Hey guys, this is an ancient site called Warangal Fort and you are looking at some of the most amazing carvings to your left and right, carved at least 800 years ago. But your eyes are naturally attracted to what’s in the center, and you realize that this cylinder is completely out of place. Now, why do you feel this way, why do you think this lingam is an Out of place artifact?
Because your brain instantly and intuitively knows that this lingam could not have been made without machines. This is why it looks so odd. All these brilliant carvings around this, can be made with simple tools like chisels and hammers, but this cylinder cannot be made with primitive tools, such a perfect cylinder can be made only with high tech machines.
This is not where it was originally found. Archeologists unearthed this lingam which was buried for many centuries and placed it on this pedestal which is carved with simple tools. While digging up this lingam, these scratches were made on it, and examining this lingam using precision tools revealed something shocking. It is a perfect cylinder with no visible tool marks at all. How was such precision achieved in ancient times?
Look at the level of finishing, I can use the top of the lingam as a mirror. I am not going to use this priceless piece for demonstration, but I will pick something less polished instead. How about this pillar on the same site, the finishing doesn’t look as great as the lingam, but when I pour water, you should be able to see my reflection. Imagine how fantastic this would work on the lingam. And Lingams are almost always placed facing east, so imagine how it would look when the first sunrays fall on it.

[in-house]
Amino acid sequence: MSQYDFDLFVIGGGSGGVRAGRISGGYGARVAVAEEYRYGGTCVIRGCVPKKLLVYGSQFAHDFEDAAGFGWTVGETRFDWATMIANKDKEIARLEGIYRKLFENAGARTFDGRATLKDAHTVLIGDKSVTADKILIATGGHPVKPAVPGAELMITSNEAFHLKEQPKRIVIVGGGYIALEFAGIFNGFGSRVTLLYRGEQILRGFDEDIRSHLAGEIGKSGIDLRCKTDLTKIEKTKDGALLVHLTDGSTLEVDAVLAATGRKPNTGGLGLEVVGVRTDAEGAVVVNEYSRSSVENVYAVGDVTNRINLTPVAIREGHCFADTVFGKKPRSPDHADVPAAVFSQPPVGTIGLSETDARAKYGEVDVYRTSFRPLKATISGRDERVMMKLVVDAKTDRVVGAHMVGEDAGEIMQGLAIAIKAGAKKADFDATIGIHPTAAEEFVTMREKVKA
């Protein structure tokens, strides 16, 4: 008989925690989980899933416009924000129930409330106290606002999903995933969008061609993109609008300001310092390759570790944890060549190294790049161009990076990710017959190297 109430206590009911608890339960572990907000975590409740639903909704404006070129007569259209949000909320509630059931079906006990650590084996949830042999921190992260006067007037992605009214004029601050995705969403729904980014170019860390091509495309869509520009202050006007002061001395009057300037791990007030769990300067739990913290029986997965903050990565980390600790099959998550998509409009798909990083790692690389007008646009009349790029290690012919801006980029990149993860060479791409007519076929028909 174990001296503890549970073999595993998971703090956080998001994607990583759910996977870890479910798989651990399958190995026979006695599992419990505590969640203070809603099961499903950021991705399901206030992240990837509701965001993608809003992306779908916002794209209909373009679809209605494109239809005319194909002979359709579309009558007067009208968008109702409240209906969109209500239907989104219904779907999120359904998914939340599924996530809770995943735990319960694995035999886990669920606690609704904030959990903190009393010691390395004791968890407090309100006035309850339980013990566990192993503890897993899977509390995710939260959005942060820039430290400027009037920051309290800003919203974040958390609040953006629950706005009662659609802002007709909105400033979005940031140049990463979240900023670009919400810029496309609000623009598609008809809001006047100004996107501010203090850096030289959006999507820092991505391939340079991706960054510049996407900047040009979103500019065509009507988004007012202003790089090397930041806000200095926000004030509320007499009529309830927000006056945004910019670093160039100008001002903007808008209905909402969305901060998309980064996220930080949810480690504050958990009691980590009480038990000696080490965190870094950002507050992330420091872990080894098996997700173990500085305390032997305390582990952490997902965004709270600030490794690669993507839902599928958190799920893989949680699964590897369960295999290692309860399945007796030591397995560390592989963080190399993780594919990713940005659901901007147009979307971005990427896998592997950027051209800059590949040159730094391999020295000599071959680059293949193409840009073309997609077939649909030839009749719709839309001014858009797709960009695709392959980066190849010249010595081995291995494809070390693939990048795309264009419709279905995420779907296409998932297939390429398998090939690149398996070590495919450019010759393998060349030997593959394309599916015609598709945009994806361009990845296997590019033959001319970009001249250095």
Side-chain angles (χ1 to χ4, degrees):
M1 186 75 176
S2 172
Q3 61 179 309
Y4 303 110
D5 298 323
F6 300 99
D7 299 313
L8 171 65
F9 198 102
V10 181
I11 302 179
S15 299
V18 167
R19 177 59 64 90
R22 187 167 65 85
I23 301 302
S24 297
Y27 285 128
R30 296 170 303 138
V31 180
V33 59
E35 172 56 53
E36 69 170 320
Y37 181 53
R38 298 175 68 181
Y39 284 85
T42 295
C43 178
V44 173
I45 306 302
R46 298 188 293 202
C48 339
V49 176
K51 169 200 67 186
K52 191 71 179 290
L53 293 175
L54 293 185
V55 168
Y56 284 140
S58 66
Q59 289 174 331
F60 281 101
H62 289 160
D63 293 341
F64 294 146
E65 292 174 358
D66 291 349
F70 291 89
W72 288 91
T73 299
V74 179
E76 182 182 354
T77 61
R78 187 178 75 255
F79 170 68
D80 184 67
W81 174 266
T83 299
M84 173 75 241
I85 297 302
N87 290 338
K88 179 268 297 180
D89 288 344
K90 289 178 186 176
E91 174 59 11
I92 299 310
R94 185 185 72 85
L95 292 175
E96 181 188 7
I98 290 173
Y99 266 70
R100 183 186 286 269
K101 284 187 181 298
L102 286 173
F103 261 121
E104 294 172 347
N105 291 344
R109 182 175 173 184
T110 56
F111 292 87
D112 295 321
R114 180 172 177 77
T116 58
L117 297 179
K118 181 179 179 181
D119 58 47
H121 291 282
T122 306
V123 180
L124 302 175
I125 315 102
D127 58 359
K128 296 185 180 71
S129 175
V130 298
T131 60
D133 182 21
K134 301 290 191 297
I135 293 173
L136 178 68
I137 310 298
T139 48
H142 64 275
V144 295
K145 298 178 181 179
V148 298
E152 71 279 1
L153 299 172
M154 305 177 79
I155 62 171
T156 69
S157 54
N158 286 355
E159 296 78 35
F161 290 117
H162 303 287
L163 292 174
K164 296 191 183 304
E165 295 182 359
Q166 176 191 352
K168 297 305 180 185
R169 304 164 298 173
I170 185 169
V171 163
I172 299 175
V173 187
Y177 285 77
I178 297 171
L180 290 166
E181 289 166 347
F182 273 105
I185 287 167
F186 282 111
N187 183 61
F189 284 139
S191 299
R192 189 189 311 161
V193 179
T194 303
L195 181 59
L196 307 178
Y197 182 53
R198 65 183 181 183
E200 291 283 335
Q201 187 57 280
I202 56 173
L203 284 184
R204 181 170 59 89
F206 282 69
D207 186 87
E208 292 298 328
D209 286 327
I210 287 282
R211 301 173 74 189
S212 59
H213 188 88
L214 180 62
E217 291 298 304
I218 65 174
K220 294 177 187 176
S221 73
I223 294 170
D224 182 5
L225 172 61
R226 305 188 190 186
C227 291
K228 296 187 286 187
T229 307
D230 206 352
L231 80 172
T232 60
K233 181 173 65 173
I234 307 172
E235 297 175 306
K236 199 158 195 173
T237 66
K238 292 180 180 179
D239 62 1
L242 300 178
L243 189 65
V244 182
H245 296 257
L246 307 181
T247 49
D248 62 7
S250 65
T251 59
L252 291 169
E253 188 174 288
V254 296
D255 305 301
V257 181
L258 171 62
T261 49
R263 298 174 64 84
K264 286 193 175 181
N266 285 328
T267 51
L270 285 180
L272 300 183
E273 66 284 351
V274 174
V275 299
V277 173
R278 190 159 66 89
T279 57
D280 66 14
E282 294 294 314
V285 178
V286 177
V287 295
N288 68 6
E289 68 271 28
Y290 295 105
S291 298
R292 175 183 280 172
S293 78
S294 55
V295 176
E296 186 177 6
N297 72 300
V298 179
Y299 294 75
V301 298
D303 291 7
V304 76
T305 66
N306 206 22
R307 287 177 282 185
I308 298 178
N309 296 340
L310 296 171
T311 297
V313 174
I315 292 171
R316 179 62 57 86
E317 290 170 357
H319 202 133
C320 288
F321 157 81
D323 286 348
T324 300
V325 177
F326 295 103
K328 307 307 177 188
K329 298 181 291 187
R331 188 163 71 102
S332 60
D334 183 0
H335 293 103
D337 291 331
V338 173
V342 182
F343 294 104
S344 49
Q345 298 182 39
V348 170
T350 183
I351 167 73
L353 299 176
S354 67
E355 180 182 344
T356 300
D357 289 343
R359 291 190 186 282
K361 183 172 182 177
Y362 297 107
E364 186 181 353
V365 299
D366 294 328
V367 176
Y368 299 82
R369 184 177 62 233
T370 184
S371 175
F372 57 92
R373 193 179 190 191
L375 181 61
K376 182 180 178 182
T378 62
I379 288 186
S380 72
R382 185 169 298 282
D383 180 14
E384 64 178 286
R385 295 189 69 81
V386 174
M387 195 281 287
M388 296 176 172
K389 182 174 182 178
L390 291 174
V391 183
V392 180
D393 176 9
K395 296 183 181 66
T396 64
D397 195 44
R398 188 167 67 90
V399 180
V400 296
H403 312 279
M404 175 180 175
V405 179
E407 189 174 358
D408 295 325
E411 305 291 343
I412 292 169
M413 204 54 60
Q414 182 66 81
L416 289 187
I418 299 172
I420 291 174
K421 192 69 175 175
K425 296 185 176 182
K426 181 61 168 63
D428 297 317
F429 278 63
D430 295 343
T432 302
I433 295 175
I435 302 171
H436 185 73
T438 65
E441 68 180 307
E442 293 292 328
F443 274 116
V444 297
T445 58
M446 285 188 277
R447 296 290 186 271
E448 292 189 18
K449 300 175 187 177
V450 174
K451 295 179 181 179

Now the real problem is in finding out how ancient builders made this lingam 800 years ago. Is it possible that they chiseled it into a crude cylinder, and then polished it manually with simple abrasives such as sand, to achieve this level of perfection? But experts who examined this lingam with precision instruments point out to something extraordinary. The roundness or concentricity of the cylinder, the lack of taper, and the straightness of the cylinder, were so perfect, that they concluded it cannot be achieved with hand tools at all. Such precision can be achieved only with machines.
Now, let me ask you a question, can we make a perfect cylinder today, with simple tools? Forget that this lingam is made of black basalt, a very hard rock. Imagine this is as soft as clay. Can we make a perfect cylinder using clay, simply by shaping it with hand tools? Engineers confirm that making a perfect cylinder is impossible unless we use a rotating mechanism, at least as primitive as a potter’s wheel. The only way, even to make a clay cylinder is to place it on a rotating wheel. So, we can be sure that this cylinder, was not made by chisels, but a rotating mechanism was definitely involved. Now, the natural question is, did ancient builders place this lingam on a potter’s wheel and rotate it manually, and make it into a perfect cylinder?
We are going to forget that this rock is very hard, and we are also going to forget that we would need a harder tool like steel or diamond to work on it. Let us simply assume that the ancient builders did have steel or diamond tipped tools. We are only going to focus, if we can recreate this cylinder today, by manually rotating it on a potter’s wheel.
Human beings cannot turn a wheel for more than a maximum speed of 150 rpm, if we place a rock of this size and make a wheel accordingly. But engineers confirm, that if such a slow speed was employed, the cylinder would be full of circular tool marks, and would look nothing like this lingam. To achieve this level of perfection, the cylinder would have to be rotated at a minimum speed of 2000 rpm, which is 13 times faster than what is humanly possible. So, it is impossible to create something like this without using advanced technology. This leaves us with only one question: what kind of machines did ancient builders use? Perhaps the mystery can solved by looking at this strange symbol, carved on the lingam itself.